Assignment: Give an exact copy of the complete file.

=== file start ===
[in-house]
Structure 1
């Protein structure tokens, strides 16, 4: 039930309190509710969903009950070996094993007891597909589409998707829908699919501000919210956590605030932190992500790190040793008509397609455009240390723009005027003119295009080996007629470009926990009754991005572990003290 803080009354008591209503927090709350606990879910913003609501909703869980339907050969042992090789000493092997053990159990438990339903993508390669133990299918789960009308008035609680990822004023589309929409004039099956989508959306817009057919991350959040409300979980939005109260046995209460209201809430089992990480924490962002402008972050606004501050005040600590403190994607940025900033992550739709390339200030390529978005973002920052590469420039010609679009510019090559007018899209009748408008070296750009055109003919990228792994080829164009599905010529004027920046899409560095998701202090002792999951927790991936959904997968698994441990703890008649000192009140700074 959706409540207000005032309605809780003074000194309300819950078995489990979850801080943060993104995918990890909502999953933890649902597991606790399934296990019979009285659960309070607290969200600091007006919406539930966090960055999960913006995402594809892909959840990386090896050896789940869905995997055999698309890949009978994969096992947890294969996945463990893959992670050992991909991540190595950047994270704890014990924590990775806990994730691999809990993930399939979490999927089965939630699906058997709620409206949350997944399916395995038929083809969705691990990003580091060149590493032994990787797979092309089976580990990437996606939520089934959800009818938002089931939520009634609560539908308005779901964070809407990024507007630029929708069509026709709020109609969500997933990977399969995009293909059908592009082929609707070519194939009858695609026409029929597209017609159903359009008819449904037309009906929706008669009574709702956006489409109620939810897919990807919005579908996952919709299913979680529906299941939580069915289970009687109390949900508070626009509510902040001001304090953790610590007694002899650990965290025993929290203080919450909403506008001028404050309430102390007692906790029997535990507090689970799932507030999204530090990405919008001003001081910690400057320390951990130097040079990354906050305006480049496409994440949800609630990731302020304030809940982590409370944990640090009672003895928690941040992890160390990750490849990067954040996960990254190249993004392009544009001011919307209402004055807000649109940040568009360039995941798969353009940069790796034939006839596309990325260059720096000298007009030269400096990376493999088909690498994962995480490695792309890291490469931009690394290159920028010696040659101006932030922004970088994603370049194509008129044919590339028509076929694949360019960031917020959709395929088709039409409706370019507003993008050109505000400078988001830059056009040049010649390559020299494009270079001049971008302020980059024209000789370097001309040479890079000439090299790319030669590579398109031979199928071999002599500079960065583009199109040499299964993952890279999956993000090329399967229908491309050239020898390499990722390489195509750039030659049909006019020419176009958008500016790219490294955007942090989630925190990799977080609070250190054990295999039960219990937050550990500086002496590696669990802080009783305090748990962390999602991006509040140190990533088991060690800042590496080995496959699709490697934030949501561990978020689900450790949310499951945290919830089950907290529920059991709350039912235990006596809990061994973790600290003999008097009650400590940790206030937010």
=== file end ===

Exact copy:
[in-house]
Structure 1
């Protein structure tokens, strides 16, 4: 039930309190509710969903009950070996094993007891597909589409998707829908699919501000919210956590605030932190992500790190040793008509397609455009240390723009005027003119295009080996007629470009926990009754991005572990003290 803080009354008591209503927090709350606990879910913003609501909703869980339907050969042992090789000493092997053990159990438990339903993508390669133990299918789960009308008035609680990822004023589309929409004039099956989508959306817009057919991350959040409300979980939005109260046995209460209201809430089992990480924490962002402008972050606004501050005040600590403190994607940025900033992550739709390339200030390529978005973002920052590469420039010609679009510019090559007018899209009748408008070296750009055109003919990228792994080829164009599905010529004027920046899409560095998701202090002792999951927790991936959904997968698994441990703890008649000192009140700074 959706409540207000005032309605809780003074000194309300819950078995489990979850801080943060993104995918990890909502999953933890649902597991606790399934296990019979009285659960309070607290969200600091007006919406539930966090960055999960913006995402594809892909959840990386090896050896789940869905995997055999698309890949009978994969096992947890294969996945463990893959992670050992991909991540190595950047994270704890014990924590990775806990994730691999809990993930399939979490999927089965939630699906058997709620409206949350997944399916395995038929083809969705691990990003580091060149590493032994990787797979092309089976580990990437996606939520089934959800009818938002089931939520009634609560539908308005779901964070809407990024507007630029929708069509026709709020109609969500997933990977399969995009293909059908592009082929609707070519194939009858695609026409029929597209017609159903359009008819449904037309009906929706008669009574709702956006489409109620939810897919990807919005579908996952919709299913979680529906299941939580069915289970009687109390949900508070626009509510902040001001304090953790610590007694002899650990965290025993929290203080919450909403506008001028404050309430102390007692906790029997535990507090689970799932507030999204530090990405919008001003001081910690400057320390951990130097040079990354906050305006480049496409994440949800609630990731302020304030809940982590409370944990640090009672003895928690941040992890160390990750490849990067954040996960990254190249993004392009544009001011919307209402004055807000649109940040568009360039995941798969353009940069790796034939006839596309990325260059720096000298007009030269400096990376493999088909690498994962995480490695792309890291490469931009690394290159920028010696040659101006932030922004970088994603370049194509008129044919590339028509076929694949360019960031917020959709395929088709039409409706370019507003993008050109505000400078988001830059056009040049010649390559020299494009270079001049971008302020980059024209000789370097001309040479890079000439090299790319030669590579398109031979199928071999002599500079960065583009199109040499299964993952890279999956993000090329399967229908491309050239020898390499990722390489195509750039030659049909006019020419176009958008500016790219490294955007942090989630925190990799977080609070250190054990295999039960219990937050550990500086002496590696669990802080009783305090748990962390999602991006509040140190990533088991060690800042590496080995496959699709490697934030949501561990978020689900450790949310499951945290919830089950907290529920059991709350039912235990006596809990061994973790600290003999008097009650400590940790206030937010």